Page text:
Thursday, July 02, 2009

Sour Grapes

Had an interview the other day for an in-house transfer to a particular role I'm interested in.

The old adage of failure to prepare is preparing to fail loomed large so of course had lots of stuff prepared. I figured it would be logical to be asked questions about my paper application so did a considerable amount to be sure I was ready to expand give a whole load more detail about any particular part they cared for. I researched pages worth of stats and quotes relevant to the role, and had answers prepared for the expected questions about what qualities I felt I had for the role, where would I be in 1,2 or 5 years if successful.

Silly me.

What I should have done is memorise the competency phrases and buzzwords from the Competency Framework. The competency framework is familiar I guess to most police around and probably some corporate types. The competency framework is a list of qualities somebody in an office has decided a particular officer must have to be competent in his role.

My interviewers simply had a tick sheet of these phrases, and if I said one, I got a mark. I quickly twigged this but unfortunately these phrases are often somewhat..... well, random and so I didn't get many.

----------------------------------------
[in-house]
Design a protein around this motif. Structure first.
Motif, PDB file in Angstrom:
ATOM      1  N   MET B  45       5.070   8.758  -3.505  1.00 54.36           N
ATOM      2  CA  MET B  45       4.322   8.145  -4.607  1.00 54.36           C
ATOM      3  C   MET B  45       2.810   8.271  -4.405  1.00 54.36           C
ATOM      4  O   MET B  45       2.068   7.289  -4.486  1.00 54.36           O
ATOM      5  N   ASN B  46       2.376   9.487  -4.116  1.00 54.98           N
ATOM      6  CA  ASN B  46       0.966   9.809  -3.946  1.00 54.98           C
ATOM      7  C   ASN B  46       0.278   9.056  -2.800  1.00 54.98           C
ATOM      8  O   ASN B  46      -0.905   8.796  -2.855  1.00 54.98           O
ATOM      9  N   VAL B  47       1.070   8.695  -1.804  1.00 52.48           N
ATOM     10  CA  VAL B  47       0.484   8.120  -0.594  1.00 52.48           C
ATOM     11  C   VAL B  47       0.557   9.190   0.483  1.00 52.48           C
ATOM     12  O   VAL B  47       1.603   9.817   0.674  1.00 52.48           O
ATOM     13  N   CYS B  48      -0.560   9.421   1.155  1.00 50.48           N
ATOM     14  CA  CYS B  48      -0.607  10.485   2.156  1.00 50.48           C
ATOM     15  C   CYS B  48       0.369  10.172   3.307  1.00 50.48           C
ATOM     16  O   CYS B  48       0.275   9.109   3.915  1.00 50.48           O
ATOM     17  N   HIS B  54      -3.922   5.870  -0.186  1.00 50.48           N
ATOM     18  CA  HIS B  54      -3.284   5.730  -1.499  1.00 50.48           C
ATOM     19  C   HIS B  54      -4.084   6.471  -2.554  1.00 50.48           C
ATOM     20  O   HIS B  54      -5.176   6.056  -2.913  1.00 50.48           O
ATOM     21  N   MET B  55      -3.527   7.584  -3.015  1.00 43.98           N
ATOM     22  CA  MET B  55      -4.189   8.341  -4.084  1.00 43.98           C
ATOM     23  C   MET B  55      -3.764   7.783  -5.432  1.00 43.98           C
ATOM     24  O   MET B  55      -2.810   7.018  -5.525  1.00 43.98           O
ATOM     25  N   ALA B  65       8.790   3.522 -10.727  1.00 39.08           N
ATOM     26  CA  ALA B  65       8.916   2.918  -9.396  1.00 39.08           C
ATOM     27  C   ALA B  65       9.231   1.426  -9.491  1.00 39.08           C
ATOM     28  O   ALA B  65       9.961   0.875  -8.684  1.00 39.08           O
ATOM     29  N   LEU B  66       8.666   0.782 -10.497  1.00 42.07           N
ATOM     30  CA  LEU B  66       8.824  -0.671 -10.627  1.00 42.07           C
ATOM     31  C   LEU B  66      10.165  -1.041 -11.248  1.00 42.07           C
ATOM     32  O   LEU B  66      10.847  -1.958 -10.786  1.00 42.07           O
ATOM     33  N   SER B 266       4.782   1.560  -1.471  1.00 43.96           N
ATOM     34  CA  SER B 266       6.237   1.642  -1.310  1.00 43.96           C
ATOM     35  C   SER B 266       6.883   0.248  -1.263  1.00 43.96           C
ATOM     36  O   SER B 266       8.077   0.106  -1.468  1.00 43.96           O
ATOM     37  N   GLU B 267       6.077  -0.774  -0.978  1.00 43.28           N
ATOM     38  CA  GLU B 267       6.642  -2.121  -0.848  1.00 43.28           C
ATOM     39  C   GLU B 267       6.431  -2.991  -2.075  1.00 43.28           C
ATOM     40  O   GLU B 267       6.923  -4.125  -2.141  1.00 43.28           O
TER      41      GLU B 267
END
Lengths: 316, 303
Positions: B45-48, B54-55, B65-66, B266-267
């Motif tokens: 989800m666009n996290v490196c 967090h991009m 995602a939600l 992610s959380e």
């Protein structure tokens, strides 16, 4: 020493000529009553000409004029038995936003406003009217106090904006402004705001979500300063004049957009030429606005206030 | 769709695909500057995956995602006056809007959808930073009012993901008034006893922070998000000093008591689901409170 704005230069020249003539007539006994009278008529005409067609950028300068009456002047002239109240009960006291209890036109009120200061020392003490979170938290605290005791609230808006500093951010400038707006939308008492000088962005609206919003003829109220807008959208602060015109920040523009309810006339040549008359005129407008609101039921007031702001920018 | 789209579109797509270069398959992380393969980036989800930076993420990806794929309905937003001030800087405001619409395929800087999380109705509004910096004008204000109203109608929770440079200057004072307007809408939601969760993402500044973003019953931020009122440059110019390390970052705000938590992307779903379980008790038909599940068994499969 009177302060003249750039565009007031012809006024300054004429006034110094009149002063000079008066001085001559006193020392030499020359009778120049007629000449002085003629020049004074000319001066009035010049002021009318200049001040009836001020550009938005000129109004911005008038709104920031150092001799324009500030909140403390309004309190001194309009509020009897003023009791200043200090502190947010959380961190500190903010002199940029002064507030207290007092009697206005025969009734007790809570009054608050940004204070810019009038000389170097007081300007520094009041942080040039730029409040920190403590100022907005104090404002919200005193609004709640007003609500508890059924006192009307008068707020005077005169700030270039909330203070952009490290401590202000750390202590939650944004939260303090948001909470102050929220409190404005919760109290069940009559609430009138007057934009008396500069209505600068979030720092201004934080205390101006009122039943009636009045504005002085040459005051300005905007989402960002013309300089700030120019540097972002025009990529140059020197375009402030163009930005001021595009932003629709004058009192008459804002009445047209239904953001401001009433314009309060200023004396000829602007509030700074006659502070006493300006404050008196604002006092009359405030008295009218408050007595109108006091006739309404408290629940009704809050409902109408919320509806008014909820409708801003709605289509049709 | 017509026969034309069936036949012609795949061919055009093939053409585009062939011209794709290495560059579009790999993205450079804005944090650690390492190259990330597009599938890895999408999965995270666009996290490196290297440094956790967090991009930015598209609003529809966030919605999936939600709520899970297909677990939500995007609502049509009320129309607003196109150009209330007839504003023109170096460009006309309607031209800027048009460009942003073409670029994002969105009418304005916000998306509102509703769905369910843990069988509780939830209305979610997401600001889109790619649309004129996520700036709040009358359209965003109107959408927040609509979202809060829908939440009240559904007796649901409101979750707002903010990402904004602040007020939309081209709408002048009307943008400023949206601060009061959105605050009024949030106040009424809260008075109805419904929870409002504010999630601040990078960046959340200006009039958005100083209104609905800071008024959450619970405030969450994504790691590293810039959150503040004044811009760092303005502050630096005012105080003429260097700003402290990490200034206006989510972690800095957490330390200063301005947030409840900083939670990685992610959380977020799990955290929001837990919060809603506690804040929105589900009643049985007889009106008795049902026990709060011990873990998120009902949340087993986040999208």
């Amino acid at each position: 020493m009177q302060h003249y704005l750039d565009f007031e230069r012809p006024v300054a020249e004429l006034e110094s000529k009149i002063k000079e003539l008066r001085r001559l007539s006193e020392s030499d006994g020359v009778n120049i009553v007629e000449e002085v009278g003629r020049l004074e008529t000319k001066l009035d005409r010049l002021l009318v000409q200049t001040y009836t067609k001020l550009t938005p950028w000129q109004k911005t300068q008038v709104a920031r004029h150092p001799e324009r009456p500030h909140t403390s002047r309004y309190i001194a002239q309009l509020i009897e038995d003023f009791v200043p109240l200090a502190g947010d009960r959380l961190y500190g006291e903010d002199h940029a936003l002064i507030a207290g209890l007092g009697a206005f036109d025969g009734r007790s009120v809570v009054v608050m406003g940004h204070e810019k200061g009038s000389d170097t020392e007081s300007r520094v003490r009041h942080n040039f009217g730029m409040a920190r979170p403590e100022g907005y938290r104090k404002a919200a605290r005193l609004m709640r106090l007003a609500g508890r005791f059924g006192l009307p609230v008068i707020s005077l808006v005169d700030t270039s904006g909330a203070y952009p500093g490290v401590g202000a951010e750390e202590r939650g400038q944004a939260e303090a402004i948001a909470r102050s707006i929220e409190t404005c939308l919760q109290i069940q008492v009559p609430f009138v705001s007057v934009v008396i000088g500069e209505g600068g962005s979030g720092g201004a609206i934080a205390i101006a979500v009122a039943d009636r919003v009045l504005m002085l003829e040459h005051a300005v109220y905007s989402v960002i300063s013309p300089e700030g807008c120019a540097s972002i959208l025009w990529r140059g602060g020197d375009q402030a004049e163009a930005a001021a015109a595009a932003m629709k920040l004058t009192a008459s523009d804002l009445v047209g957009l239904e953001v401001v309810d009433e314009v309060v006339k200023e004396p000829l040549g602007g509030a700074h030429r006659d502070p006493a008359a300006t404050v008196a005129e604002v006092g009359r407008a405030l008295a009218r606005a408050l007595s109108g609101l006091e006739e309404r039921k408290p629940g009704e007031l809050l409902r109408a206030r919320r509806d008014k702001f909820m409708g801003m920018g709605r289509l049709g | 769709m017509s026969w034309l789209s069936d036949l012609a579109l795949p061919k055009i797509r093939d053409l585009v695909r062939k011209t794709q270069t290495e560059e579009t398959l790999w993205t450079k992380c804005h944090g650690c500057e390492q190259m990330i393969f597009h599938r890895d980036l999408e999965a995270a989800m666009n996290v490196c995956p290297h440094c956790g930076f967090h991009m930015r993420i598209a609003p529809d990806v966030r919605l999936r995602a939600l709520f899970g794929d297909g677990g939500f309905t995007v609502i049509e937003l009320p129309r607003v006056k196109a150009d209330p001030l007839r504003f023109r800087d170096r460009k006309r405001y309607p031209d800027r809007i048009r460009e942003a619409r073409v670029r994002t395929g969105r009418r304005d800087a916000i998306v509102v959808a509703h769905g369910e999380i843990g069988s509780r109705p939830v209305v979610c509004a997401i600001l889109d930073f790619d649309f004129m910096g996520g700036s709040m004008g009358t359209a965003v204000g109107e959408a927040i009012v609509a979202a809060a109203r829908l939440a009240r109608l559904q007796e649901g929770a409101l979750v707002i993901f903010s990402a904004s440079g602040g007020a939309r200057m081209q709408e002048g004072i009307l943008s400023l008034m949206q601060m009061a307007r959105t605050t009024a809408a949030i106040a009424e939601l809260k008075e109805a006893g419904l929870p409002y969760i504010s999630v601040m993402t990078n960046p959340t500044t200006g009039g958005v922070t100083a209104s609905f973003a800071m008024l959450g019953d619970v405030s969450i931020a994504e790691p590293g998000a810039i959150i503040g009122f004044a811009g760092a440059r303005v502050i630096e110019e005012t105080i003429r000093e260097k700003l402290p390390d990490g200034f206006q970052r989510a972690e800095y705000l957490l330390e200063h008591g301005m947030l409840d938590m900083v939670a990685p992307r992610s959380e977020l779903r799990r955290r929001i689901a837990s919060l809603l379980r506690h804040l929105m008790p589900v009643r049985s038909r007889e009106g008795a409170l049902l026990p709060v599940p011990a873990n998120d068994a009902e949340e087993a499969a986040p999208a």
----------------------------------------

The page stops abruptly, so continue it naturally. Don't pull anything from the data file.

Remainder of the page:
Anything come up I had prepared for? Did it heck.

Now I can understand there is a need to be objective in your interview assessments. But I don't think solely basing the success of the interview on the number of phrases hit necessarily means the best candidate gets through. It just means the ones who remembered the most score highest. I didn't even get the most simple question of all - "Why do you want to join this unit"??

Still, lesson learnt. Next time I'll simply print off the list they're marking from, and read it and read it until I can quote it back to myself. And then turn up at the interview safe in the knowledge I won't actually need to demonstrate any interest or aptitude in the role I'm going for.